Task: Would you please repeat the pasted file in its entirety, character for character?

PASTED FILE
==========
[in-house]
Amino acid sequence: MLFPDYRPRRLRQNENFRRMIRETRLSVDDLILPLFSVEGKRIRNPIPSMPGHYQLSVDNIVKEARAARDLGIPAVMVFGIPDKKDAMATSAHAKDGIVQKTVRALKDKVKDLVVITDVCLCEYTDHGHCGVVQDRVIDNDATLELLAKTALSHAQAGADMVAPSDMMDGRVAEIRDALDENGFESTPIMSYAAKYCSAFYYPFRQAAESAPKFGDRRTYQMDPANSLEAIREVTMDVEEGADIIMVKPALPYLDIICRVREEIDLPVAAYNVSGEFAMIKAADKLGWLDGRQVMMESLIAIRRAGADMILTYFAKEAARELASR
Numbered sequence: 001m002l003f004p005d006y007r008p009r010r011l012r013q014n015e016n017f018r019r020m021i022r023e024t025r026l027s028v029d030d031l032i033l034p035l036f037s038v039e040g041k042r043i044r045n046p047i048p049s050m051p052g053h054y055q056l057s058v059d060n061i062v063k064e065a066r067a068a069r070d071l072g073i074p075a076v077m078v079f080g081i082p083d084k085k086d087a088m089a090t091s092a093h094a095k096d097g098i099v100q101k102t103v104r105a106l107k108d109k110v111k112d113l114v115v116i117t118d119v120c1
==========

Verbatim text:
[in-house]
Amino acid sequence: MLFPDYRPRRLRQNENFRRMIRETRLSVDDLILPLFSVEGKRIRNPIPSMPGHYQLSVDNIVKEARAARDLGIPAVMVFGIPDKKDAMATSAHAKDGIVQKTVRALKDKVKDLVVITDVCLCEYTDHGHCGVVQDRVIDNDATLELLAKTALSHAQAGADMVAPSDMMDGRVAEIRDALDENGFESTPIMSYAAKYCSAFYYPFRQAAESAPKFGDRRTYQMDPANSLEAIREVTMDVEEGADIIMVKPALPYLDIICRVREEIDLPVAAYNVSGEFAMIKAADKLGWLDGRQVMMESLIAIRRAGADMILTYFAKEAARELASR
Numbered sequence: 001m002l003f004p005d006y007r008p009r010r011l012r013q014n015e016n017f018r019r020m021i022r023e024t025r026l027s028v029d030d031l032i033l034p035l036f037s038v039e040g041k042r043i044r045n046p047i048p049s050m051p052g053h054y055q056l057s058v059d060n061i062v063k064e065a066r067a068a069r070d071l072g073i074p075a076v077m078v079f080g081i082p083d084k085k086d087a088m089a090t091s092a093h094a095k096d097g098i099v100q101k102t103v104r105a106l107k108d109k110v111k112d113l114v115v116i117t118d119v120c1